Surviving the Holidays (and Every Day) at Home and Work
By Sara Butler
December is here. That means you can’t avoid getting together with family and friends this month to celebrate the season -- and there’s no avoiding your Uncle Earl. You don’t need to merely survive the holidays if you have the right tools. Here are a few tips from the chiropractors at The Joint Chiropractic to help you survive and thrive this holiday season.
The holidays are supposed to be a time to get together with family and friends and celebrate, but let’s keep it real: the holidays can be a source of major stress for many for a variety of reasons. Here are a few simple strategies to help make your holidays easier to manage at home:
- Try to stick to your regular routine - Changing your regular routine can make things more stressful, so stick to what you normally do as much as you can. Exercise when you normally would and, as well, try to eat as you normally do.
- Aim for moderation - It is easy to eat or drink too much at a holiday party or dinner. You may overindulge at points during the season but try to aim for moderation so that you don’t end up feeling bad physically and feeling guilty.
- Try to stay realistic - You may want your holiday to be as picture-perfect as a Norman Rockwell painting, but that’s simply not realistic. Nobody is perfect so embrace your family’s quirks and recognize that you’re all individuals who make the holidays their own.
- Ask for help - The holidays can be overwhelming because you may feel as if you have so much to do. Don’t take on too much and try to ask for help when you can from family and friends to help you carry the load.
- Be nice to yourself - The holidays are about goodwill toward everyone but don’t leave yourself out of the equation! Do something nice for yourself and invest in self-care to help you make it through the season at your best.
The holidays don’t just impact your home life, it also impacts your work life. Naturally, this can ramp up work stress -- and that’s no way to spend your holiday! Here are a few tips you can use to survive the holidays at work:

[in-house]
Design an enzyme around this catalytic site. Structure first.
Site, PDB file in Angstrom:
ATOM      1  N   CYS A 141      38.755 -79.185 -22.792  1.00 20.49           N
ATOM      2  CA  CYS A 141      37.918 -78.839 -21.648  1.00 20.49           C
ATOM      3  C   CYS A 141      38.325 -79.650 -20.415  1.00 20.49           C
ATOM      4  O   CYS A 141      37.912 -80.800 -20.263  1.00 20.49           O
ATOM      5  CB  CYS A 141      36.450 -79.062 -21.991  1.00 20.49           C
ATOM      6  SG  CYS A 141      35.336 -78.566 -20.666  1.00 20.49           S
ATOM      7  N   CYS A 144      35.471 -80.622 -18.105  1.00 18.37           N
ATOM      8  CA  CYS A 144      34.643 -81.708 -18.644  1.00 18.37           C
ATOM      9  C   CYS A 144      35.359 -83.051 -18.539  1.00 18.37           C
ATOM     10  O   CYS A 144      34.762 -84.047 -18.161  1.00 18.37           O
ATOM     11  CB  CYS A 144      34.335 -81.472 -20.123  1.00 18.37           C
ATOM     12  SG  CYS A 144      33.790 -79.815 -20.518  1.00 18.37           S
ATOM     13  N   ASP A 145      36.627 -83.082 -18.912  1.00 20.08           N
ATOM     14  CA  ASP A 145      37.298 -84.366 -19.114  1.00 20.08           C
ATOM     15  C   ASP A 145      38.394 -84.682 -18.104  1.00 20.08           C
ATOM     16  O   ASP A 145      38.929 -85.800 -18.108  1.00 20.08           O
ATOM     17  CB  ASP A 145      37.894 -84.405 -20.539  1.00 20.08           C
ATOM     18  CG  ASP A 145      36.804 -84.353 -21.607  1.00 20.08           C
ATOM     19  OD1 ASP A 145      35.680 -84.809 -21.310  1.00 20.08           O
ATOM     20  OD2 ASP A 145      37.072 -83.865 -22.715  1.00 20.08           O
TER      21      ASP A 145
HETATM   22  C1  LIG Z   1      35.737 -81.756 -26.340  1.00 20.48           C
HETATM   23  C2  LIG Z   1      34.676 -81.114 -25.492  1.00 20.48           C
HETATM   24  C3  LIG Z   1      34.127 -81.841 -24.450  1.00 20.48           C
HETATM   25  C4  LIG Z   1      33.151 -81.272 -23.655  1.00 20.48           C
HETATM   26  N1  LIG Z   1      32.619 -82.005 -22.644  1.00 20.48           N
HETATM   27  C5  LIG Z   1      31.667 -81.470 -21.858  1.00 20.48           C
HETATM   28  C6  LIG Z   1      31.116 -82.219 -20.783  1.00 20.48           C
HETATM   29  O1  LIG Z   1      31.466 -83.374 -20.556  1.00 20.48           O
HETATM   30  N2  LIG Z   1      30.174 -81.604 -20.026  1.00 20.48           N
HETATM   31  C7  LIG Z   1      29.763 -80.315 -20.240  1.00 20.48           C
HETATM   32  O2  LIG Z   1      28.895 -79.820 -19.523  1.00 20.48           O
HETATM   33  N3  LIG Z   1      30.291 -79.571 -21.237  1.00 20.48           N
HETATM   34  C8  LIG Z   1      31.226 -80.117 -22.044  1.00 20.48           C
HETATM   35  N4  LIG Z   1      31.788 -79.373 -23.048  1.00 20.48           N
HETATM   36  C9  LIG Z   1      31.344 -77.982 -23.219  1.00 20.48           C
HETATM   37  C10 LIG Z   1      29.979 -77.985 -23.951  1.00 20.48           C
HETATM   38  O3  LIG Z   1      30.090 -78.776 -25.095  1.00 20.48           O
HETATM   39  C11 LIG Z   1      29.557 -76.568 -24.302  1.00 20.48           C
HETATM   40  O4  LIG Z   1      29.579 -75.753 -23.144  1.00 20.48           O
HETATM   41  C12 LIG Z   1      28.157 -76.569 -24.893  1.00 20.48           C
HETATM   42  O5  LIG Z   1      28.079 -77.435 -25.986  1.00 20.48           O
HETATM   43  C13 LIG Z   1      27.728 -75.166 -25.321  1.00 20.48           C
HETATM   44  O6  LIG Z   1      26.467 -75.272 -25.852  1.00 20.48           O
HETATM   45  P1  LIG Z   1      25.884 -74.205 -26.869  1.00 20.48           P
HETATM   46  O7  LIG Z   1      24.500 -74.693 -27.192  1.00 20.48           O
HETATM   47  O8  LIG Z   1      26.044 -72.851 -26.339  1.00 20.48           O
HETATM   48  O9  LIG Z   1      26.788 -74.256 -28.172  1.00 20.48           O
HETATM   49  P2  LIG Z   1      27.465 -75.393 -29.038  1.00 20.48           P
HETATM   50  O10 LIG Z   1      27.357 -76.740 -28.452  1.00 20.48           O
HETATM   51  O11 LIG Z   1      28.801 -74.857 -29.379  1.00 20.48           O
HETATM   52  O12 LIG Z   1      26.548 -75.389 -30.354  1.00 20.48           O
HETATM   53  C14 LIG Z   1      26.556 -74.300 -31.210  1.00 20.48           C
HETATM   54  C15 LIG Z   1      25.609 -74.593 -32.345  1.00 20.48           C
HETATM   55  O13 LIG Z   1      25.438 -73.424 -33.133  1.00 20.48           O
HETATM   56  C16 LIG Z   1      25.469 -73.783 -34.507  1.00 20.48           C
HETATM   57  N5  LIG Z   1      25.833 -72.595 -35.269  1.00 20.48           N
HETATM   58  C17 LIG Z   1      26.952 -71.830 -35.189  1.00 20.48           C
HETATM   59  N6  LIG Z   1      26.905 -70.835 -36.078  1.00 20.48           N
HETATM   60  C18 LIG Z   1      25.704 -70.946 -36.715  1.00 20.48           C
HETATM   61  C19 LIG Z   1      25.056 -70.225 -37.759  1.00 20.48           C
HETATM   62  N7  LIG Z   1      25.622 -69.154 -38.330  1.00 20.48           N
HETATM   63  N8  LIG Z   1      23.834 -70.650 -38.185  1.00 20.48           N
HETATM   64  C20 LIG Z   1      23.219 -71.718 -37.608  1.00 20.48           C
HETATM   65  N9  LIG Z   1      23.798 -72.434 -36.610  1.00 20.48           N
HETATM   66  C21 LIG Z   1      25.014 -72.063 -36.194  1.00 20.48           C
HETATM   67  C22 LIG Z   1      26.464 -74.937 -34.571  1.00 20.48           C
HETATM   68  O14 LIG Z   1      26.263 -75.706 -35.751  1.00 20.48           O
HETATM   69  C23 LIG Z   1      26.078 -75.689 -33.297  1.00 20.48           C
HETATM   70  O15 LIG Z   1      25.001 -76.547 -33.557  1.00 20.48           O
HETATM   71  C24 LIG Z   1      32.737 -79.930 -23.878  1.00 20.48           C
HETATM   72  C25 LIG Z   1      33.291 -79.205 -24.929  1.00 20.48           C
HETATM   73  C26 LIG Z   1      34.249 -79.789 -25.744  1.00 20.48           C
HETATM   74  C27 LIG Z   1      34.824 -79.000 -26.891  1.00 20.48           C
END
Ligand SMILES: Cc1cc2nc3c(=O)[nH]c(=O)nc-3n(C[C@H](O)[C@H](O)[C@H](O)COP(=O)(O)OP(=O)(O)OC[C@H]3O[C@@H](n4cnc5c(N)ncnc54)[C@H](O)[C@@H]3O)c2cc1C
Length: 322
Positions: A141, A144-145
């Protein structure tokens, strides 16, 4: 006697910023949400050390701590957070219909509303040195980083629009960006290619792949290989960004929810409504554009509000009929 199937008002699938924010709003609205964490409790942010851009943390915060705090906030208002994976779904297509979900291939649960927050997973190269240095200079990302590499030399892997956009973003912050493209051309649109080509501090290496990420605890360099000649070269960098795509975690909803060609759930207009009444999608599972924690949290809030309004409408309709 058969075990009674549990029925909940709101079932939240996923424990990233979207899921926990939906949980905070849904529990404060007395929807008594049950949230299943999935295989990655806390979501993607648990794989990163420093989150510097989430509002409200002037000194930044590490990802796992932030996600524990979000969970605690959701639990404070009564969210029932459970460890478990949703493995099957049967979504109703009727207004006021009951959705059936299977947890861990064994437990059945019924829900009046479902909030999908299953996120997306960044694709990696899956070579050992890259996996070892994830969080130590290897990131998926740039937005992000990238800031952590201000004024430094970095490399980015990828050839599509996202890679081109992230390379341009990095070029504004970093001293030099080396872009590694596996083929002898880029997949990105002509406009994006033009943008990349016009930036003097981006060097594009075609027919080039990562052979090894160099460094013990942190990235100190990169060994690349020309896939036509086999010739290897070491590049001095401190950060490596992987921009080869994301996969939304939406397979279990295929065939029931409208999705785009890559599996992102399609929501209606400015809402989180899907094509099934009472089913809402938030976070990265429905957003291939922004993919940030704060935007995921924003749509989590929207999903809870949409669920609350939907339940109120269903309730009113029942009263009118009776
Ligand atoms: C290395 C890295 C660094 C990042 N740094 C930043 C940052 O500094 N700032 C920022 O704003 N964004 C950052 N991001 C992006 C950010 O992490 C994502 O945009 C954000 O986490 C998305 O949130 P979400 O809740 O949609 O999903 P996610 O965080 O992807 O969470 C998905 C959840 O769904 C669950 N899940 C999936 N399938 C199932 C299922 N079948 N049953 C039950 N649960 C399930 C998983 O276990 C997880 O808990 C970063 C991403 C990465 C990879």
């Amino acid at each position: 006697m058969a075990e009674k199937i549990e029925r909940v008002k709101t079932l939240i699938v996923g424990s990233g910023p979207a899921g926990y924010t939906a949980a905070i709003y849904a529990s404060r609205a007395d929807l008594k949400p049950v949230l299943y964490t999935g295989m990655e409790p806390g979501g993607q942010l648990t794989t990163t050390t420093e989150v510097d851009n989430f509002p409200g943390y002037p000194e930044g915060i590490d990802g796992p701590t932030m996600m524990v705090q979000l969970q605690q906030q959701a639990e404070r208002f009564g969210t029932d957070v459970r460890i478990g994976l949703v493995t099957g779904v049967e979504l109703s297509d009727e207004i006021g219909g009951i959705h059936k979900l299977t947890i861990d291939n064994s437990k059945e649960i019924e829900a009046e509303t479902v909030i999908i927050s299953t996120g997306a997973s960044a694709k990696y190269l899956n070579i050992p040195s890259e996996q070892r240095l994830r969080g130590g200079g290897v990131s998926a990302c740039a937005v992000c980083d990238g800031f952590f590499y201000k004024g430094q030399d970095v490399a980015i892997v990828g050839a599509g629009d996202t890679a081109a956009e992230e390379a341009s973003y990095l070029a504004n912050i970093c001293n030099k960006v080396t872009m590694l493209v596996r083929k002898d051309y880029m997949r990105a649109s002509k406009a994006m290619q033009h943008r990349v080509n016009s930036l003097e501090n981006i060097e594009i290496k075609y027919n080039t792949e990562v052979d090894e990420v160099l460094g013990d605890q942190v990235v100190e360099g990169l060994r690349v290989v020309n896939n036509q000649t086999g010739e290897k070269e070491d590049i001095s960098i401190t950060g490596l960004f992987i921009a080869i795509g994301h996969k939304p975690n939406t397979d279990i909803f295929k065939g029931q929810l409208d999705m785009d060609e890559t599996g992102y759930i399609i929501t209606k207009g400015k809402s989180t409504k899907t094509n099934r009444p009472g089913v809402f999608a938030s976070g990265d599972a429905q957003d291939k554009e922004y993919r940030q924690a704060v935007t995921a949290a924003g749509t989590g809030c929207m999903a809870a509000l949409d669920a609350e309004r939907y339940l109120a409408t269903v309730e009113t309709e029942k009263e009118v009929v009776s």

- Ask for time off - If you want to take time off for the holidays, make sure that you do it as soon as you can. Remember that for many businesses, the end of the year is a busy time and so you need to make sure to have all your reindeer in a row if you want to take time off.
- Acknowledge the stress - Speaking of time off, acknowledge that if you’re going to have time off, then you will have less time to work on your to-do list. Be realistic about what you can accomplish before your final day at work for the year.
- Go to the holiday work party - Sure, you may dread attending after being forced into the group “We Are Family” singalong last year, but this is a work event in which you need to make an appearance in spite of the karaoke machine. Show up on time, act professionally, and thank the hosts before you leave.
- Watch what you eat - This time of the year, it’s not uncommon for your coworkers to provide tasty treats for the break room. You should try to limit these treats for a couple of reasons. First, it’s not good to take a huge departure from healthy eating habits. Two, it’s cold and flu season, so any unwrapped goodies might transfer germs that could make you sick!
At The Joint Chiropractic, we hope you have a happy, healthy, and festive holiday season. Remember, the holidays only come once per year and will be over soon -- you can make it! And don’t forget that one of the best things you can do as you wrap up this year and head into the next is to see the chiropractors at The Joint Chiropractic for regular adjustments to help keep your body functioning at its very best.
The information, including but not limited to, text, graphics, images and other material contained on this page are for informational purposes only. The purpose of this post is to promote broad consumer understanding and knowledge of various health topics, including but not limited to the benefits of chiropractic care, exercise and nutrition. It is not intended to provide or be a substitute for professional medical advice, diagnosis or treatment. Always seek the advice of your chiropractor, physician or other qualified health care provider with any questions you may have regarding a medical condition or treatment and before undertaking a new health care regimen, and never disregard professional medical advice or delay in seeking it because of something you have read on this page.